• Yes I believe is all about the composition, not just the numbers! And never worry about stating your opinion, remember I love that because it gets good conversations going! I hope you are doing well on your exams, I have my last one this afternoon! Actually, its the course that talked about this topic ha!

  4. While it’s impressive that you can lift 140lbs, I don’t think you should be flaunting that you only weigh ~80 lbs (1.7 x 82 = 140 roughly). I know you are working on getting better but I really think you need to seek more professional health. I don’t think you’ll be able to get completely better (mentally and physically) without trying fear foods and being pushed to gain WEIGHT not just muscle. It is hard not to take this personally, but I don’t want you to – but I also want you to be better so you can take care of your clients as a future RD if you choose that route.

    • I appreciate the concern but I did want to address two points you mentioned.

      I was in no way flaunting that I was that weight (which I am a bit higher than that, but that is not the point). I was flaunting the strength gains that I have been seeing. I never want to flaunt being underweight and I have mentioned consistently that I’m still actively gaining because I am too low.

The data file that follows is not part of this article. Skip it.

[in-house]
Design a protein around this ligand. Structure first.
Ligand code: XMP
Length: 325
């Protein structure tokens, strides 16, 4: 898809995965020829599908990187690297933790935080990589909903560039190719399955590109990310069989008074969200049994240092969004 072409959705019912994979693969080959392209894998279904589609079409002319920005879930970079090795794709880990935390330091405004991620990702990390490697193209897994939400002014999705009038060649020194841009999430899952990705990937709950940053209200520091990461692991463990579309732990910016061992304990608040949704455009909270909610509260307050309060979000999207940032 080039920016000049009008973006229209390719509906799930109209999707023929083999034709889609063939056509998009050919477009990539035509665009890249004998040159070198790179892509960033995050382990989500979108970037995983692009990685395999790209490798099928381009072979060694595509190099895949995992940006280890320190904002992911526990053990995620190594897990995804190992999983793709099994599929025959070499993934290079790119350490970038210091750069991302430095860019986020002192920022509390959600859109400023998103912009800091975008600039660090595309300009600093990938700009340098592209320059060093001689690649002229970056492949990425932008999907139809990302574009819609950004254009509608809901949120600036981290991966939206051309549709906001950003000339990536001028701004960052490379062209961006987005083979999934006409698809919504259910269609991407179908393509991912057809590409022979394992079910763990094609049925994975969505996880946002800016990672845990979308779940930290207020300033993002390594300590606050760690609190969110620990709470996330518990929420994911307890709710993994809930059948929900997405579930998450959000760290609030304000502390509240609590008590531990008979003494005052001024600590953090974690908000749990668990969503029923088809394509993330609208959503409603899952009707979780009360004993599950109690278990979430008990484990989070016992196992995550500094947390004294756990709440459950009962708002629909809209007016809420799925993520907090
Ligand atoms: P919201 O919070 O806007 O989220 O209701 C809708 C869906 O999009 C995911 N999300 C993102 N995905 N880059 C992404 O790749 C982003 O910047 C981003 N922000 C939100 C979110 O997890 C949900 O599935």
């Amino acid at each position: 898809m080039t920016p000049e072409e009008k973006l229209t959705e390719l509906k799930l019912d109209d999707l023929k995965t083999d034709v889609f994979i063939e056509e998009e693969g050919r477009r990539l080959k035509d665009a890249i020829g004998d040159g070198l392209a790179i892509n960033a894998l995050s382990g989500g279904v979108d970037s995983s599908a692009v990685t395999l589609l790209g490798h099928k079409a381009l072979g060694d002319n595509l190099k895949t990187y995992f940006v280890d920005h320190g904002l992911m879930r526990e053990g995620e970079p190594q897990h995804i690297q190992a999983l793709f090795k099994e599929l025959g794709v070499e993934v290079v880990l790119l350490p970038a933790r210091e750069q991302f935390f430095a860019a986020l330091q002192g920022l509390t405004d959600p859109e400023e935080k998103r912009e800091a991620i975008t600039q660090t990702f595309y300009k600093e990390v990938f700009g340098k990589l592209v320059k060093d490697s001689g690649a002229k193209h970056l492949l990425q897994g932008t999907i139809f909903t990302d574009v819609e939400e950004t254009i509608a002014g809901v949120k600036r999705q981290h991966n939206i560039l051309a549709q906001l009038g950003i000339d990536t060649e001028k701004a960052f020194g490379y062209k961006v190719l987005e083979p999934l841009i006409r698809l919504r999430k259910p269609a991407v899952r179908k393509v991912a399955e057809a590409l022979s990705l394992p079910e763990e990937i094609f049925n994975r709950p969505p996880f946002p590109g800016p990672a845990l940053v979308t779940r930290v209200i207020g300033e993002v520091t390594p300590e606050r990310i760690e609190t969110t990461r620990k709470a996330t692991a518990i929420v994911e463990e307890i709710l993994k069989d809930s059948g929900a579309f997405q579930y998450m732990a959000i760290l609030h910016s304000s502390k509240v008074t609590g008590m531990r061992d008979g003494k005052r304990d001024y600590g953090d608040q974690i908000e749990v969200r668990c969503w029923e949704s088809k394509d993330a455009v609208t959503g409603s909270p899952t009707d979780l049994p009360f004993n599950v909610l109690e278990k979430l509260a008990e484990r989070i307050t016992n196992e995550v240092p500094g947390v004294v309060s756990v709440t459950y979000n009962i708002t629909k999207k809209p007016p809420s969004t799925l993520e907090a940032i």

The second is that I have a whole team behind me. My coach (who is absolutely incredible and I haven’t seen results with anyone else but him), a doctor I follow up with bi-monthly (with monthly bloodwork/ECGs) and a psychiatrist I see once a month. So I am seeking professional help and I am proud to say that they are all very happy with my progress as I continue to grow with these methods.

      The focus for some time was trying to correct the malnutrition/absorption from the parasite I had (+ two rounds of strong treatment that wiped my gut flora out) and now I am finally able to gain weight and strength now that my body is clear of those.

      So while I do appreciate the concern, I just wanted to let you know that I’m doing very well. My body is healing and I am eating enough to see very consistent gains in strength. You cannot get stronger if you are in a caloric deficit, let alone gaining approx 20-30lbs on my squat in a few months. Metabolically I’m just fine and the weight is the last thing to catch up.